There are other drops where it is not necessary or wise
to jump down them, though they can be just as, if not
more, intimidating. These steep chutes or rock faces
require a different approach but with the same fundamentals.
Just like with drops where you get airborne, approach
steep faces in the attack position. Have an idea of the best
entry point, best line through the section and best run-out
beforehand; approach the section slower than you would a
drop. Because you are not worried about
getting both wheels in the air quickly and
evenly, you can come into these sections
at almost a crawl in most cases. While
these steep faces can seem like the exact
opposite of a drop, because you want both
tires to be in contact with the trail, while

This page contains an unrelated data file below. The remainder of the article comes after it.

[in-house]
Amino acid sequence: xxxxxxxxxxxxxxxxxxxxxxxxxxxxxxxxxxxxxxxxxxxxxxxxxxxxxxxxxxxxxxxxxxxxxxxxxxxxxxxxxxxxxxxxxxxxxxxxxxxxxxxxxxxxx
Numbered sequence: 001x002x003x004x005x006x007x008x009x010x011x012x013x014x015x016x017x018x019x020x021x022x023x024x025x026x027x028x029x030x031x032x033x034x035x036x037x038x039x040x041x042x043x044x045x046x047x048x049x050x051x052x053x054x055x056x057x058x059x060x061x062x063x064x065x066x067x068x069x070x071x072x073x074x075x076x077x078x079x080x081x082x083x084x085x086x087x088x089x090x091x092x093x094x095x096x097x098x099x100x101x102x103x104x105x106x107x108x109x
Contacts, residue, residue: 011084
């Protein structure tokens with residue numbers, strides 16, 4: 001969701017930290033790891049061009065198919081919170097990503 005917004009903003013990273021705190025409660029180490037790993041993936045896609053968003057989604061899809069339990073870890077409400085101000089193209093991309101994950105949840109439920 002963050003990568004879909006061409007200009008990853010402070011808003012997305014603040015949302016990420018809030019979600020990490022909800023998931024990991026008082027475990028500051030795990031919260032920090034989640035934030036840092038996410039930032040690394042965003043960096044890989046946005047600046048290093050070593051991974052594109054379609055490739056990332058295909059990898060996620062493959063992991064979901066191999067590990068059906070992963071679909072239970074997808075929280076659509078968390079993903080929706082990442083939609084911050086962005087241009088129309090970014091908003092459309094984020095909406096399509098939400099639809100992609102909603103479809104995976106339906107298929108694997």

you are riding down a face, it is essentially a free fall.
In most cases, using brakes down these
steep chutes will cause problems. If you
are riding on wet rocks or roots, a locked-up tire is much more dangerous and less
controllable than a rolling one. Instead,
come in with controlled speed and let off
the brakes as you crest over the edge.
From your attack position, move the bike
forward underneath you and get your
weight over the back of the bike. Keep
your arms and legs bent to absorb the
drop, and keep looking toward your roll-out point with your fingers hovering over
the brakes, anticipating the acceleration
once back on level ground. As you transition off of the face, keep looking down the
trail. Maintain control of the bike as it
If it feels like you are diving over the